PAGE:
hair braiders

Related Story

COLUMBIA - After an uphill battle in the courts, African-style hair braiders must be licensed like a cosmetologist and barber. 

Owner of A Cut Above the Rest Debra Harris said braiding is a part of African-American heritage.

"We grew up basically learning how to braid because it's a part of the components of our hair. So, that's why it's being used in the homes a lot and that's why a lot of people know how to do it," she said.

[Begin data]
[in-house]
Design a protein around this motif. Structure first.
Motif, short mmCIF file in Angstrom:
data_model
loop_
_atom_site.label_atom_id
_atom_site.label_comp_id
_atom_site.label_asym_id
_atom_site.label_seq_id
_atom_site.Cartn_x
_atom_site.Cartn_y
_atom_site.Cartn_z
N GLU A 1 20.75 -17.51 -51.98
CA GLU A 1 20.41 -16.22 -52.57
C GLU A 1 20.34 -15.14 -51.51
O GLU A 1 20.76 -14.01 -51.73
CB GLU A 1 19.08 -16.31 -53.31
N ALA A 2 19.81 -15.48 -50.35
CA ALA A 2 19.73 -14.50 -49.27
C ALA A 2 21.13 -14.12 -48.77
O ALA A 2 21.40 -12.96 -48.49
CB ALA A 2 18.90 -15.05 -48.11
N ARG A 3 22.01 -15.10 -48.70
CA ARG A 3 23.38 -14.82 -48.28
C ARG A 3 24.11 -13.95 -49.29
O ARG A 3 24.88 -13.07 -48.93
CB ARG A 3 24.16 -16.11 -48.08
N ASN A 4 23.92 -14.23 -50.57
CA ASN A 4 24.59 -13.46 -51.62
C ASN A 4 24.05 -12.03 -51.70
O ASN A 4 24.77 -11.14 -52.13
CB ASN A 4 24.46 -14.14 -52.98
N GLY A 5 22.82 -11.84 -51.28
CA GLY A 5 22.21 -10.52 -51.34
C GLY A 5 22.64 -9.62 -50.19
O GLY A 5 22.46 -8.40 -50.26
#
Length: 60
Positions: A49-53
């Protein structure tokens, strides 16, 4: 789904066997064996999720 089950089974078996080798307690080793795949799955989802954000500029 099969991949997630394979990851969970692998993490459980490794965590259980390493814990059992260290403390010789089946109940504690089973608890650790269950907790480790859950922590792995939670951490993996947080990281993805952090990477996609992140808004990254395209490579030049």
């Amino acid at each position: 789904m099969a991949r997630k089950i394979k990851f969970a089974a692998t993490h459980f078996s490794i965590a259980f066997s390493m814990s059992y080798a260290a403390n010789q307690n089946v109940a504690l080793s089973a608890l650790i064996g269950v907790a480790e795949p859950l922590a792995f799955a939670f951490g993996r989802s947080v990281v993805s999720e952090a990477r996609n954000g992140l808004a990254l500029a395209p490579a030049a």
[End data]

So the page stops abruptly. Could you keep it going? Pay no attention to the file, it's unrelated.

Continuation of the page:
Missouri is one of 13 states that requires a license to braid.

The Kansas City Star reports that two hair braiders who challenged the law argued that their work is different than barbering or cosmetology, and the training courses often don't include hair braiding.

The appeals court ruled that the definition of hair braiding falls within the state law's definitions for barbering and cosmetology.

In a statement from Paul Mitchell the School Columbia said:

"Missouri state law requires that students have 1500 clock hours of training and be graduated from a licensed cosmetology school to qualify for an initial cosmetology license."

Missouri officials presented several health risks such as hair loss, inflammation and scalp infection.

News